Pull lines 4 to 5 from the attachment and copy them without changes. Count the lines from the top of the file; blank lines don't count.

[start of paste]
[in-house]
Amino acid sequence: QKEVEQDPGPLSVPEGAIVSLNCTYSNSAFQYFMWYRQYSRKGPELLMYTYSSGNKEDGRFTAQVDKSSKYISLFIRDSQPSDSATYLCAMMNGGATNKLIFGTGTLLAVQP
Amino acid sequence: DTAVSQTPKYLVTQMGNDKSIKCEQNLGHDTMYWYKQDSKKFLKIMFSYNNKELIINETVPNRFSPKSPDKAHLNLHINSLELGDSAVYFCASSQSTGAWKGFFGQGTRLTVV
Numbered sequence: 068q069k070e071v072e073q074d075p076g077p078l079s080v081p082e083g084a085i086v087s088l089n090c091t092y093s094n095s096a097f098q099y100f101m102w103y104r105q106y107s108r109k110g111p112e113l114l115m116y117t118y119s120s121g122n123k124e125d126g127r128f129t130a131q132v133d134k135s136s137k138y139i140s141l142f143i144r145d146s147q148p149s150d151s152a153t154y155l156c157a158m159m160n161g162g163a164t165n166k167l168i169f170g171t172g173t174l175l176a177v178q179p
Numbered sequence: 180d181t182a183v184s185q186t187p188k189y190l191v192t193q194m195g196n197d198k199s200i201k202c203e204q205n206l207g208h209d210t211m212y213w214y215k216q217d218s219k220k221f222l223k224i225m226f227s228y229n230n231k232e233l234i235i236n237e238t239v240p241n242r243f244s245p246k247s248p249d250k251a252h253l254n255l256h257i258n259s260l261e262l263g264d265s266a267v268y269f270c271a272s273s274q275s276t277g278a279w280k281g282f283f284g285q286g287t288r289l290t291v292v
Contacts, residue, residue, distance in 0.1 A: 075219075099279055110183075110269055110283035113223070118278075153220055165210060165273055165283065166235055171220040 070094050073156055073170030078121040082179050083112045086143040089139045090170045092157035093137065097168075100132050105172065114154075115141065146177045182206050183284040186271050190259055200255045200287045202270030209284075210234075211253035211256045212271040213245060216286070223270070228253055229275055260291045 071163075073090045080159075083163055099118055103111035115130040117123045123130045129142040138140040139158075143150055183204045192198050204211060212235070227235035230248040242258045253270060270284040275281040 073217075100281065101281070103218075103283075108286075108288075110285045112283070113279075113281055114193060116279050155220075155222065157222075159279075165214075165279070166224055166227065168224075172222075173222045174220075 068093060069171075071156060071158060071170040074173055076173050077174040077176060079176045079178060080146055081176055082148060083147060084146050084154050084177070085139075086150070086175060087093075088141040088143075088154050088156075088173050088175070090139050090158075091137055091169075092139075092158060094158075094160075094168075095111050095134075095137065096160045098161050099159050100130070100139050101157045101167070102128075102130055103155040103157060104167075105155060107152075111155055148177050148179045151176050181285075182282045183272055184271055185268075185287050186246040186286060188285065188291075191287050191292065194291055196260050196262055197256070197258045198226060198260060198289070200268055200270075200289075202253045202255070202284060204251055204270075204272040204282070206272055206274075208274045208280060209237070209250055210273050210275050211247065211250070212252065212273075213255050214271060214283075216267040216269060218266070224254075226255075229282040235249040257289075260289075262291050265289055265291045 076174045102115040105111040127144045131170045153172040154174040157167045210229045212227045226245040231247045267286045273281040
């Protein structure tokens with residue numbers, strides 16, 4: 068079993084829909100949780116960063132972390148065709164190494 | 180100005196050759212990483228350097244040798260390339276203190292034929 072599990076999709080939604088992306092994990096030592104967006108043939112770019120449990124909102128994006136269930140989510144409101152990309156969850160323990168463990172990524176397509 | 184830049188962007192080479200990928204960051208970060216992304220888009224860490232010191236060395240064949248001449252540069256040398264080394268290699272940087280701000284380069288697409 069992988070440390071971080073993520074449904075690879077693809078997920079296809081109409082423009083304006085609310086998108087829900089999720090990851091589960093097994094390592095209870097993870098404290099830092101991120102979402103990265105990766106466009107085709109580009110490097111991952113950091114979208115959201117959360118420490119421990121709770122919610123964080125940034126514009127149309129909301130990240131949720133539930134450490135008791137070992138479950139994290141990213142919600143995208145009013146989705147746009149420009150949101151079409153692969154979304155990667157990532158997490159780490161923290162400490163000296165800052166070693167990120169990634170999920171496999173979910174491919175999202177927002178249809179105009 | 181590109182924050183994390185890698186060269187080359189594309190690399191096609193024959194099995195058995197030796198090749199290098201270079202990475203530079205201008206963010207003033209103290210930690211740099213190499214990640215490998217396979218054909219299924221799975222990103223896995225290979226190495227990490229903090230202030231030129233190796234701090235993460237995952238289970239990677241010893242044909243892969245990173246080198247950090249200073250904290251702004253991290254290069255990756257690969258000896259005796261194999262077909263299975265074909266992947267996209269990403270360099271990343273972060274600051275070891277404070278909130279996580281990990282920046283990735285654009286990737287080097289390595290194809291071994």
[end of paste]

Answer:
Numbered sequence: 068q069k070e071v072e073q074d075p076g077p078l079s080v081p082e083g084a085i086v087s088l089n090c091t092y093s094n095s096a097f098q099y100f101m102w103y104r105q106y107s108r109k110g111p112e113l114l115m116y117t118y119s120s121g122n123k124e125d126g127r128f129t130a131q132v133d134k135s136s137k138y139i140s141l142f143i144r145d146s147q148p149s150d151s152a153t154y155l156c157a158m159m160n161g162g163a164t165n166k167l168i169f170g171t172g173t174l175l176a177v178q179p
Numbered sequence: 180d181t182a183v184s185q186t187p188k189y190l191v192t193q194m195g196n197d198k199s200i201k202c203e204q205n206l207g208h209d210t211m212y213w214y215k216q217d218s219k220k221f222l223k224i225m226f227s228y229n230n231k232e233l234i235i236n237e238t239v240p241n242r243f244s245p246k247s248p249d250k251a252h253l254n255l256h257i258n259s260l261e262l263g264d265s266a267v268y269f270c271a272s273s274q275s276t277g278a279w280k281g282f283f284g285q286g287t288r289l290t291v292v